Archive for April, 2011
The soil is warming now, even our claggy Oxfordshire clay so, having dug the garden and spread the muck, it’s time to get serious about sowing vegetable seeds for a succession of fresh, crisp vegetables in the coming months. Here are some guidelines about what to do in your vegetable garden in April.
Depending on your Point of View, bike rides are either cake stops separated by bouts of digestive peddling, or riding broken up by the occasional cake stop. Whatever your PoV, cycling is a lot less fun without the bits in between.
Look into the mind of the regular bicycle user and a mental map unfolds based not on geography – hills being a notable exception – but on a topological network of Points of Interest linked by a mesh of routes. Post-its and scribbled annotations abound; “Closes at one on a Tuesday”, “Quick but busy”, “Bit of a slog but nice view”.
One can’t buy this map and it’s organically interactive in a way web developers have yet to crack. Even if Greytooth and Universal Fleshy Interfaces had already evolved, we’d still be struggling with the too-much-information filter during download – “Caught short here last week”. This map is available only in exclusive, serialised instalments from the publishers of Experience.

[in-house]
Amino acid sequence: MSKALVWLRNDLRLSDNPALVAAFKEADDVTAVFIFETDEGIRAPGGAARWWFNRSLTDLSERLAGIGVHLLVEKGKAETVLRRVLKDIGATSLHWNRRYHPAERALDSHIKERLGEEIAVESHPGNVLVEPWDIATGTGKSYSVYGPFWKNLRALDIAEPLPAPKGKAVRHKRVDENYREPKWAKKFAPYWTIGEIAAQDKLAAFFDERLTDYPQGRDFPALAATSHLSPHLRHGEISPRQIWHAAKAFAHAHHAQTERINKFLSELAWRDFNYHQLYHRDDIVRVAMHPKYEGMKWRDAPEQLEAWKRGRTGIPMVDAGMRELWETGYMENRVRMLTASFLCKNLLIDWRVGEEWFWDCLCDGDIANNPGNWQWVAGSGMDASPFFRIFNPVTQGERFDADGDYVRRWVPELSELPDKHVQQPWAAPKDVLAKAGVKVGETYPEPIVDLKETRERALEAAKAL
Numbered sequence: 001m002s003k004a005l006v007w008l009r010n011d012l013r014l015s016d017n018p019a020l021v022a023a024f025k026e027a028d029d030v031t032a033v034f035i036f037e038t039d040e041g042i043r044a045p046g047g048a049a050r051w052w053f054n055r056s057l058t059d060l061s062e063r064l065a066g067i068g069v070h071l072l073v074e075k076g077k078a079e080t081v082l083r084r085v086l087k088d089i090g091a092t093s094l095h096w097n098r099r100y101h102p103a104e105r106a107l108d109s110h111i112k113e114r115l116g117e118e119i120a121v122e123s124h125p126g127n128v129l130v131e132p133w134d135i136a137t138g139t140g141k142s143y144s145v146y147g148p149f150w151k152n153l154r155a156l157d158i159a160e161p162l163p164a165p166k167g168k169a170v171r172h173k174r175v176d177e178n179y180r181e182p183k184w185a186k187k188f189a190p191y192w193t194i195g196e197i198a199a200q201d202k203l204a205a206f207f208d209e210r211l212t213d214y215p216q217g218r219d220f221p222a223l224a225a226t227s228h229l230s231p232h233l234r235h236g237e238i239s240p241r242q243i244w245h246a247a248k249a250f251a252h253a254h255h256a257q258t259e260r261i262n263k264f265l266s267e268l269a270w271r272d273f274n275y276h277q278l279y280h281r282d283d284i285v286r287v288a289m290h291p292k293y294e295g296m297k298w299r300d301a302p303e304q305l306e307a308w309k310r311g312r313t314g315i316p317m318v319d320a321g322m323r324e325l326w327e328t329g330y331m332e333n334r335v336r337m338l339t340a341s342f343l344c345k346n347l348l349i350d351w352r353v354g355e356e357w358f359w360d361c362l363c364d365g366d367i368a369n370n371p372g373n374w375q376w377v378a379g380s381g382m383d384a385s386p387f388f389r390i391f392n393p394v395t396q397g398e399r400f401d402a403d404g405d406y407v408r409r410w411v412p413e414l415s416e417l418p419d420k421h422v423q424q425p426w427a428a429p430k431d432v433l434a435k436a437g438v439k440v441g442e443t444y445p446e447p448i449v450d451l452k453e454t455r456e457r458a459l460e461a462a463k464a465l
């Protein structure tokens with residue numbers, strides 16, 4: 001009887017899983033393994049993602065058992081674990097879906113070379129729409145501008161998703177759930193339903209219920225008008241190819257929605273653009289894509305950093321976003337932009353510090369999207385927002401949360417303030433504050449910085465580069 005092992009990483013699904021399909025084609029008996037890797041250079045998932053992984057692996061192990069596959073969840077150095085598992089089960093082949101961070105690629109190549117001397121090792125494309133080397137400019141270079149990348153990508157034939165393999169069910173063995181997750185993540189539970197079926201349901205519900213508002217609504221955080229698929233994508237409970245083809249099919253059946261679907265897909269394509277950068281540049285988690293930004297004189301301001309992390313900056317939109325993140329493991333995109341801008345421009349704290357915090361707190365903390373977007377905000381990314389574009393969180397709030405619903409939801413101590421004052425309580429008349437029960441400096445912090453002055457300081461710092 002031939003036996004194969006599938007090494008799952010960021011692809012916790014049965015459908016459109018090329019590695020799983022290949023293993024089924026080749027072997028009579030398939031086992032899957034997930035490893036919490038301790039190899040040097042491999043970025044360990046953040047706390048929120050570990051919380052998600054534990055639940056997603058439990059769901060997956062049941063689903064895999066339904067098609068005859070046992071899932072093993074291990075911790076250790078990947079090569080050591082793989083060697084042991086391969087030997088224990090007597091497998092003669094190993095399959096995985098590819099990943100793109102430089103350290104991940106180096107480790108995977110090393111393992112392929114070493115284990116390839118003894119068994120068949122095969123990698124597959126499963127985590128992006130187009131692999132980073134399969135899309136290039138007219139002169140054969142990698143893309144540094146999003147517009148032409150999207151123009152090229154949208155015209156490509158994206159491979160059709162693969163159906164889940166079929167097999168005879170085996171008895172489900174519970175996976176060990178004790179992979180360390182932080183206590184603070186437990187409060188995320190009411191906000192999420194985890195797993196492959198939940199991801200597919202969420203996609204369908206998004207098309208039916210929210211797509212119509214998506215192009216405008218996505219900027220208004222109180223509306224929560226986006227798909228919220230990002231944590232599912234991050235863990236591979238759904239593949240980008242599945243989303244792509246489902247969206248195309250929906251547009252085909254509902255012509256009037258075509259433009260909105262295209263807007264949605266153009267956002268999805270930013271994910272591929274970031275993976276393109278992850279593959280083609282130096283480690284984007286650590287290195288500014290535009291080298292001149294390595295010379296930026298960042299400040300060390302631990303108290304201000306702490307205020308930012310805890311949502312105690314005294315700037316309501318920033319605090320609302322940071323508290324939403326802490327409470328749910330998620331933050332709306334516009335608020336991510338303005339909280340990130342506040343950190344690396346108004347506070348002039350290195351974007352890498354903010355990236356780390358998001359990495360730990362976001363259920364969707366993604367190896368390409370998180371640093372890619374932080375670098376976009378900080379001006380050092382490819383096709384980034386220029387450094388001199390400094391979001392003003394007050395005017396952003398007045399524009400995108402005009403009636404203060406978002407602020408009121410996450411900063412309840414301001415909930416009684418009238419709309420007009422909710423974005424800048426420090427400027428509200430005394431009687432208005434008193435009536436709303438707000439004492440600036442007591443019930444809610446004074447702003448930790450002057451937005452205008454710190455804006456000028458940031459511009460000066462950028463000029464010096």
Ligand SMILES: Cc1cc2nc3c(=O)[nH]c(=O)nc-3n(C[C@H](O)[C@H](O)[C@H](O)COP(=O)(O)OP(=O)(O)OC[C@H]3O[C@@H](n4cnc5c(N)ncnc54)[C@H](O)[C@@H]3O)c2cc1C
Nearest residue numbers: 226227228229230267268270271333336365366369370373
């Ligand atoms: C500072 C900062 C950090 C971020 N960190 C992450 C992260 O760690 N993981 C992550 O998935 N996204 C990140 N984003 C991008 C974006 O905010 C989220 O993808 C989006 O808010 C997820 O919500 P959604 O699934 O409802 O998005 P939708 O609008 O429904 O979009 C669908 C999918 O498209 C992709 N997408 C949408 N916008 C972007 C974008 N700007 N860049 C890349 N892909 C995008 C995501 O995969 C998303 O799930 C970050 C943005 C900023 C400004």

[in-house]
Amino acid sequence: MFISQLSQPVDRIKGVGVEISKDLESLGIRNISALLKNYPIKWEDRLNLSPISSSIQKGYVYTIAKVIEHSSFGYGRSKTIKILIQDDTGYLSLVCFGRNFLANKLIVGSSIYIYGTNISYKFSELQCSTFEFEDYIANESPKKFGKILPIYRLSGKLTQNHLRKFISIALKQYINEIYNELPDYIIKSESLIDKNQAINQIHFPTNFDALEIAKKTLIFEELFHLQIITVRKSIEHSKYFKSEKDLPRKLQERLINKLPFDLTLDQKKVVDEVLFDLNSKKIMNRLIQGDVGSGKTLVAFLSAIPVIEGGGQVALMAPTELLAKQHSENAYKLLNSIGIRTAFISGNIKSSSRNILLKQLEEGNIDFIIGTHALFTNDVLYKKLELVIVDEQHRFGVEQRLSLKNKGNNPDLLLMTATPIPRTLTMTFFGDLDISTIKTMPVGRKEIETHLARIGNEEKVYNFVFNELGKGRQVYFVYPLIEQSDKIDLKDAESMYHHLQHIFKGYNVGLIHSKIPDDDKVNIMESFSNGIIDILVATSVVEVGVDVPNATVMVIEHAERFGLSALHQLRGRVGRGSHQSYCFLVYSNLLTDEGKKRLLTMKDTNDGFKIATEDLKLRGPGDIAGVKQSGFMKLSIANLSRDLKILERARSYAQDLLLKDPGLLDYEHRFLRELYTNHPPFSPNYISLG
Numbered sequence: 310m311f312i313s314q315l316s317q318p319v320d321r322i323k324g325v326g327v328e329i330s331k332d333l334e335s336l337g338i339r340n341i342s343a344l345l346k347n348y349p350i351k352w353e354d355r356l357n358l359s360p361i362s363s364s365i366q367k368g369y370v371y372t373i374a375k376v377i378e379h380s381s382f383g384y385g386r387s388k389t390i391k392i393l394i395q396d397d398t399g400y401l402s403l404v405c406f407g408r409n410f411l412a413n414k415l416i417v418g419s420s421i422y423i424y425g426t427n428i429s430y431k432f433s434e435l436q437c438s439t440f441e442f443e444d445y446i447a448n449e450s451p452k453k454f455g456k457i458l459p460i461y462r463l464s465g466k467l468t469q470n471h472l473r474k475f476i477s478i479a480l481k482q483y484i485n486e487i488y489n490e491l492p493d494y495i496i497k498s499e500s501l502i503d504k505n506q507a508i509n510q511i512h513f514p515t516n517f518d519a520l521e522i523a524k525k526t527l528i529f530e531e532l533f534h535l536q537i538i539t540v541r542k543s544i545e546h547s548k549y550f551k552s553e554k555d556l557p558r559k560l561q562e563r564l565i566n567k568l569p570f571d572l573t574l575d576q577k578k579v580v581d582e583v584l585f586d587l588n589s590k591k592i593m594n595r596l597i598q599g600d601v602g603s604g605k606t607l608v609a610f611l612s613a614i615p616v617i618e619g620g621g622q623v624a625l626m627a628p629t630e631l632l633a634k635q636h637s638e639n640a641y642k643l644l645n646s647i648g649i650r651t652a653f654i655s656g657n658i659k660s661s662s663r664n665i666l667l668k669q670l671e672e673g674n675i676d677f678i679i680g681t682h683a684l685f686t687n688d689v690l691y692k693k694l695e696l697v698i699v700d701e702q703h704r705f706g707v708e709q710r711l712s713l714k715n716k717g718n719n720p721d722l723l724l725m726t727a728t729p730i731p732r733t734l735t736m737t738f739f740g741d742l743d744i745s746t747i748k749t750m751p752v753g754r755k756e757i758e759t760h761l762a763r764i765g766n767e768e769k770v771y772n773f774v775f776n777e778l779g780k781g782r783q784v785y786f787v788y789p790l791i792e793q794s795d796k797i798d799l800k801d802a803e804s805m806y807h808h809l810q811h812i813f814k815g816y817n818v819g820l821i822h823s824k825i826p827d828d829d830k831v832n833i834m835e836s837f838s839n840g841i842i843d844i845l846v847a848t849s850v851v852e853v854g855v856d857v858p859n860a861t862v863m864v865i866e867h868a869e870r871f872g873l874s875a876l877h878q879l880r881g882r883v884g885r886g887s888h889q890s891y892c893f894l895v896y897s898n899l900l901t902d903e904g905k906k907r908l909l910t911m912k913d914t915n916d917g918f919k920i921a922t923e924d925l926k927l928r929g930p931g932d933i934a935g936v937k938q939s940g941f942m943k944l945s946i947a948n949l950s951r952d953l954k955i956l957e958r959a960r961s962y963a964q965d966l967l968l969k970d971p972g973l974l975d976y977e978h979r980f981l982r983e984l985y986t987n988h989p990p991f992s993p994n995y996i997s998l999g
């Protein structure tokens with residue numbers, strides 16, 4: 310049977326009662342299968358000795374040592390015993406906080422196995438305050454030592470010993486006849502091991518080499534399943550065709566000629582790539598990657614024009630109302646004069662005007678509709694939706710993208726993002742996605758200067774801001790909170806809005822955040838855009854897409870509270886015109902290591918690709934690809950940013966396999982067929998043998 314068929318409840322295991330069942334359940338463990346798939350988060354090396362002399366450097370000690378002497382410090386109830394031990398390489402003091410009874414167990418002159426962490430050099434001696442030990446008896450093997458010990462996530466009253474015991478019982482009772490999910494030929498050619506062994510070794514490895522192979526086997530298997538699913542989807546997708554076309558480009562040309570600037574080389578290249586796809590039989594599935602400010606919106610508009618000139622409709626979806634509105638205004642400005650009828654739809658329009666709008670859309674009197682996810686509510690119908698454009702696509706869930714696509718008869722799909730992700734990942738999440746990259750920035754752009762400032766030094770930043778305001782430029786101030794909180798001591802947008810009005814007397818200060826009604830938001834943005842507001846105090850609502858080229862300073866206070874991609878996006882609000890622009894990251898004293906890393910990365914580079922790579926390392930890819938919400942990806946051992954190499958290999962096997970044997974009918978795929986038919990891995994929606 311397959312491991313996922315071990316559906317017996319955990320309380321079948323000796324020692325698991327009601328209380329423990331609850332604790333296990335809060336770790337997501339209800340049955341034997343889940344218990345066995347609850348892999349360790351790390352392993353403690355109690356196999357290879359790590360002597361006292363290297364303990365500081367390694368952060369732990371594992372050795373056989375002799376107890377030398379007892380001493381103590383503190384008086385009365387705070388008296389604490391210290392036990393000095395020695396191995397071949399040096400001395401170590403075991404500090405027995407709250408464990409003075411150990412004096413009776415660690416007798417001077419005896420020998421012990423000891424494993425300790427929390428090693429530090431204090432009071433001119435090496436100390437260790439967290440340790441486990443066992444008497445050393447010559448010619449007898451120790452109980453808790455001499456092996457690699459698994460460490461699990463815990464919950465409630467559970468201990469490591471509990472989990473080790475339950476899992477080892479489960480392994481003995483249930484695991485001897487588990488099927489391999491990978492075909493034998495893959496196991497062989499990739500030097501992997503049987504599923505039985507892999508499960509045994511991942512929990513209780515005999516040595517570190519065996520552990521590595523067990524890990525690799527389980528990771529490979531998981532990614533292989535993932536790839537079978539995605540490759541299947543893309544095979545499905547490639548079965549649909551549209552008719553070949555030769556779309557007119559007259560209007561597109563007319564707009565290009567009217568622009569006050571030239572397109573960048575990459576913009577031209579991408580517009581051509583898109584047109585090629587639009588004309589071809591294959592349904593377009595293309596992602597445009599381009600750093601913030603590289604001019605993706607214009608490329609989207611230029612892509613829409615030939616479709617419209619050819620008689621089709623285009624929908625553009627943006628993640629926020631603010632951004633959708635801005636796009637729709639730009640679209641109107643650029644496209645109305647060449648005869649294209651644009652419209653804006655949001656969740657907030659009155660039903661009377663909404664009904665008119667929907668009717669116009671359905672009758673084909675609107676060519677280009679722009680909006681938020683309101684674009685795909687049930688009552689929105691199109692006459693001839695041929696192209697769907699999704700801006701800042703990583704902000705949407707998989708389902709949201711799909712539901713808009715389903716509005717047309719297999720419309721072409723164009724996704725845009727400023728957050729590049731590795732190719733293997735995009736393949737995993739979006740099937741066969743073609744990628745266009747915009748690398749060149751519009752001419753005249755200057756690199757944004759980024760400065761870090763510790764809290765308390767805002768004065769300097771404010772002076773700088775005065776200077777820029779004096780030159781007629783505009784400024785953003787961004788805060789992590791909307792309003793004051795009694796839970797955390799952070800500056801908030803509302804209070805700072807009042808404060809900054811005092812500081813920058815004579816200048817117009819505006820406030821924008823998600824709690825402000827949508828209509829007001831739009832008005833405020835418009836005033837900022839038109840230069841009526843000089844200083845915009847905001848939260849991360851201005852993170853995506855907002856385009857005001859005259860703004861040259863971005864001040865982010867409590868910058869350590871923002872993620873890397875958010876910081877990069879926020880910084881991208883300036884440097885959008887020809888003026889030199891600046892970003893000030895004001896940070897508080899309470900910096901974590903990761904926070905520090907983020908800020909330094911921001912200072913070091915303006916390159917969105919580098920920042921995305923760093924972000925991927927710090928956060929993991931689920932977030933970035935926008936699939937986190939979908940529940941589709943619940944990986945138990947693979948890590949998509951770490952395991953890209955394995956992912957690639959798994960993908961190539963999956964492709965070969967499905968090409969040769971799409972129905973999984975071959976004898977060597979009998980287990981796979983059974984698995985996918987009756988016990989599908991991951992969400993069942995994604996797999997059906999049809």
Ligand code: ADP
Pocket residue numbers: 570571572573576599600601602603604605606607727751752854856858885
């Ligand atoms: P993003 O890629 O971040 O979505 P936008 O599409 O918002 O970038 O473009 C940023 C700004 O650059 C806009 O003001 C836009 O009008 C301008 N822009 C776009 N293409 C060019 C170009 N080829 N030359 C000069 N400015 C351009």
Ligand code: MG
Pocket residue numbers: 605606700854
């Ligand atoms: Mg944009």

In between “Sweet Gene Vincent” and “Hit Me with Your Rhythym Stick”, Ian Dury penned a ditty about doing the right thing – in his case playing the fool in a six piece band.
As far as I recall, back in 1978 waste as a topic only made the news under the umbrella of “The Winter of Discontent”; pictures and VT of bin bags taking over the streets, juxtaposed with picket lines of bell bottoms, platforms and sideburns.
Last year I signed a letter for a campaigner asking major tea manufacturers to make their products Fairtrade. That prompted me to take a look at the tea I drink, only to find there wasn’t a Fairtrade version being sold in Witney.
I wasn’t keen on moving to a different type of tea in bags, but luckily for me and the tea-pickers, the campaigning paid off and packets of Waitrose Darjeeling now sport the Fairtrade symbol.
Even more impressive has been the campaigning work of the local Fair Trade Action Group WAFTAG. For the past three years it’s never been clear exactly what it is about Fairtrade that would be unfair to Witney, and that in itself has made countering the objections an almost impossible task.